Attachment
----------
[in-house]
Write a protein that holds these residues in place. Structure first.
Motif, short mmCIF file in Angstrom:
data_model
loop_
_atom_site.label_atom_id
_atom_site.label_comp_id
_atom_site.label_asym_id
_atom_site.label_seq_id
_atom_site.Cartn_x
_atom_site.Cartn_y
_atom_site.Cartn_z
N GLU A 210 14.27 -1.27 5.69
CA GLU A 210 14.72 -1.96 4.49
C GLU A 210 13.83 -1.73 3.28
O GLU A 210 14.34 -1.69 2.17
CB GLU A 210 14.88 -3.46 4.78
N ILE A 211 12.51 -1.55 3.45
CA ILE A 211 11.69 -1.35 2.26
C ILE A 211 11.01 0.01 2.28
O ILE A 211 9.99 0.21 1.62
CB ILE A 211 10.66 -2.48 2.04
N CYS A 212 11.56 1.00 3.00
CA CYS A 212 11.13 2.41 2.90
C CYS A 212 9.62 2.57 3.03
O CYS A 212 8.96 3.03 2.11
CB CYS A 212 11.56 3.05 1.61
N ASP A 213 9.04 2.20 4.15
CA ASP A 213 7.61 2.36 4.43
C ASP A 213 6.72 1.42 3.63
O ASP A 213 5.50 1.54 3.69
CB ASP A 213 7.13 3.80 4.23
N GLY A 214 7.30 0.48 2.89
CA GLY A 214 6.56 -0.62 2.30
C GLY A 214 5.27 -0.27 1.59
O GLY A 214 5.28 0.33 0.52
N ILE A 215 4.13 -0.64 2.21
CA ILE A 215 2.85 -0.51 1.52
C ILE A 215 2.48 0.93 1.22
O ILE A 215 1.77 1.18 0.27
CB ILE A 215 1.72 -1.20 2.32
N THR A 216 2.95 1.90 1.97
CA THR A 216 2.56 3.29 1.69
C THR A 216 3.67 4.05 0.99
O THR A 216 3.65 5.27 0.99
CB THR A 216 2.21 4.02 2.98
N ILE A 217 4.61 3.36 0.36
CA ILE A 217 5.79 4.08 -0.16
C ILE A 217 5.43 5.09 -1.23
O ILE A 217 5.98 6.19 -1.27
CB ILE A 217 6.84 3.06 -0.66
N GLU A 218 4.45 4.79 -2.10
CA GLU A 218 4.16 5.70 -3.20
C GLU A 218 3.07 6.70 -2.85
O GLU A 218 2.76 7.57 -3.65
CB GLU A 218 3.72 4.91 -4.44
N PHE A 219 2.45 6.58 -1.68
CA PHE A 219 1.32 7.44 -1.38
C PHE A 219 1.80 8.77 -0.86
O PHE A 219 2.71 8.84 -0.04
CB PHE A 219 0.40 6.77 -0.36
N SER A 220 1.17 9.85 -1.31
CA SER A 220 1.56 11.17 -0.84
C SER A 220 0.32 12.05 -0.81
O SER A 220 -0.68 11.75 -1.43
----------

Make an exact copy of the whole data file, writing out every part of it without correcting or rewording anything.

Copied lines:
[in-house]
Write a protein that holds these residues in place. Structure first.
Motif, short mmCIF file in Angstrom:
data_model
loop_
_atom_site.label_atom_id
_atom_site.label_comp_id
_atom_site.label_asym_id
_atom_site.label_seq_id
_atom_site.Cartn_x
_atom_site.Cartn_y
_atom_site.Cartn_z
N GLU A 210 14.27 -1.27 5.69
CA GLU A 210 14.72 -1.96 4.49
C GLU A 210 13.83 -1.73 3.28
O GLU A 210 14.34 -1.69 2.17
CB GLU A 210 14.88 -3.46 4.78
N ILE A 211 12.51 -1.55 3.45
CA ILE A 211 11.69 -1.35 2.26
C ILE A 211 11.01 0.01 2.28
O ILE A 211 9.99 0.21 1.62
CB ILE A 211 10.66 -2.48 2.04
N CYS A 212 11.56 1.00 3.00
CA CYS A 212 11.13 2.41 2.90
C CYS A 212 9.62 2.57 3.03
O CYS A 212 8.96 3.03 2.11
CB CYS A 212 11.56 3.05 1.61
N ASP A 213 9.04 2.20 4.15
CA ASP A 213 7.61 2.36 4.43
C ASP A 213 6.72 1.42 3.63
O ASP A 213 5.50 1.54 3.69
CB ASP A 213 7.13 3.80 4.23
N GLY A 214 7.30 0.48 2.89
CA GLY A 214 6.56 -0.62 2.30
C GLY A 214 5.27 -0.27 1.59
O GLY A 214 5.28 0.33 0.52
N ILE A 215 4.13 -0.64 2.21
CA ILE A 215 2.85 -0.51 1.52
C ILE A 215 2.48 0.93 1.22
O ILE A 215 1.77 1.18 0.27
CB ILE A 215 1.72 -1.20 2.32
N THR A 216 2.95 1.90 1.97
CA THR A 216 2.56 3.29 1.69
C THR A 216 3.67 4.05 0.99
O THR A 216 3.65 5.27 0.99
CB THR A 216 2.21 4.02 2.98
N ILE A 217 4.61 3.36 0.36
CA ILE A 217 5.79 4.08 -0.16
C ILE A 217 5.43 5.09 -1.23
O ILE A 217 5.98 6.19 -1.27
CB ILE A 217 6.84 3.06 -0.66
N GLU A 218 4.45 4.79 -2.10
CA GLU A 218 4.16 5.70 -3.20
C GLU A 218 3.07 6.70 -2.85
O GLU A 218 2.76 7.57 -3.65
CB GLU A 218 3.72 4.91 -4.44
N PHE A 219 2.45 6.58 -1.68
CA PHE A 219 1.32 7.44 -1.38
C PHE A 219 1.80 8.77 -0.86
O PHE A 219 2.71 8.84 -0.04
CB PHE A 219 0.40 6.77 -0.36
N SER A 220 1.17 9.85 -1.31
CA SER A 220 1.56 11.17 -0.84
C SER A 220 0.32 12.05 -0.81
O SER A 220 -0.68 11.75 -1.43